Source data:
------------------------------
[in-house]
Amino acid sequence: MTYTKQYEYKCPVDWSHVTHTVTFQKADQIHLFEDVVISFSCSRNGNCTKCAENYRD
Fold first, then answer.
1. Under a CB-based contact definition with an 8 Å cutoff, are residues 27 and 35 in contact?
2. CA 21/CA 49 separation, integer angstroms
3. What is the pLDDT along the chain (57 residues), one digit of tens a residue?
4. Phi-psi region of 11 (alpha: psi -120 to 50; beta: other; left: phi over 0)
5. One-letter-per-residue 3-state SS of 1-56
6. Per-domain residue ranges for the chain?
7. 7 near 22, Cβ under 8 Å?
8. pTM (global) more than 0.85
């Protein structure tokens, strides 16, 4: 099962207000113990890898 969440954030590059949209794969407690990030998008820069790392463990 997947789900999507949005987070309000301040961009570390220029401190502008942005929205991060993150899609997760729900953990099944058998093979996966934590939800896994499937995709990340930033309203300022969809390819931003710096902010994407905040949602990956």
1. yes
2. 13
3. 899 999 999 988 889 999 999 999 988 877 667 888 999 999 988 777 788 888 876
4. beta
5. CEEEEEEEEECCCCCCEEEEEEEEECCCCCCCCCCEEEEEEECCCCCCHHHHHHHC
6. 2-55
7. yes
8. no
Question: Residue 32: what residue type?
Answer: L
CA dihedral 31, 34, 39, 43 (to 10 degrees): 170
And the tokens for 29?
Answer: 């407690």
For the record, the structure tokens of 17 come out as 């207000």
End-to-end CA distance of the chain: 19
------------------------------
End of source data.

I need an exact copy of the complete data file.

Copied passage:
[in-house]
Amino acid sequence: MTYTKQYEYKCPVDWSHVTHTVTFQKADQIHLFEDVVISFSCSRNGNCTKCAENYRD
Fold first, then answer.
1. Under a CB-based contact definition with an 8 Å cutoff, are residues 27 and 35 in contact?
2. CA 21/CA 49 separation, integer angstroms
3. What is the pLDDT along the chain (57 residues), one digit of tens a residue?
4. Phi-psi region of 11 (alpha: psi -120 to 50; beta: other; left: phi over 0)
5. One-letter-per-residue 3-state SS of 1-56
6. Per-domain residue ranges for the chain?
7. 7 near 22, Cβ under 8 Å?
8. pTM (global) more than 0.85
């Protein structure tokens, strides 16, 4: 099962207000113990890898 969440954030590059949209794969407690990030998008820069790392463990 997947789900999507949005987070309000301040961009570390220029401190502008942005929205991060993150899609997760729900953990099944058998093979996966934590939800896994499937995709990340930033309203300022969809390819931003710096902010994407905040949602990956």
1. yes
2. 13
3. 899 999 999 988 889 999 999 999 988 877 667 888 999 999 988 777 788 888 876
4. beta
5. CEEEEEEEEECCCCCCEEEEEEEEECCCCCCCCCCEEEEEEECCCCCCHHHHHHHC
6. 2-55
7. yes
8. no
Question: Residue 32: what residue type?
Answer: L
CA dihedral 31, 34, 39, 43 (to 10 degrees): 170
And the tokens for 29?
Answer: 């407690």
For the record, the structure tokens of 17 come out as 């207000």
End-to-end CA distance of the chain: 19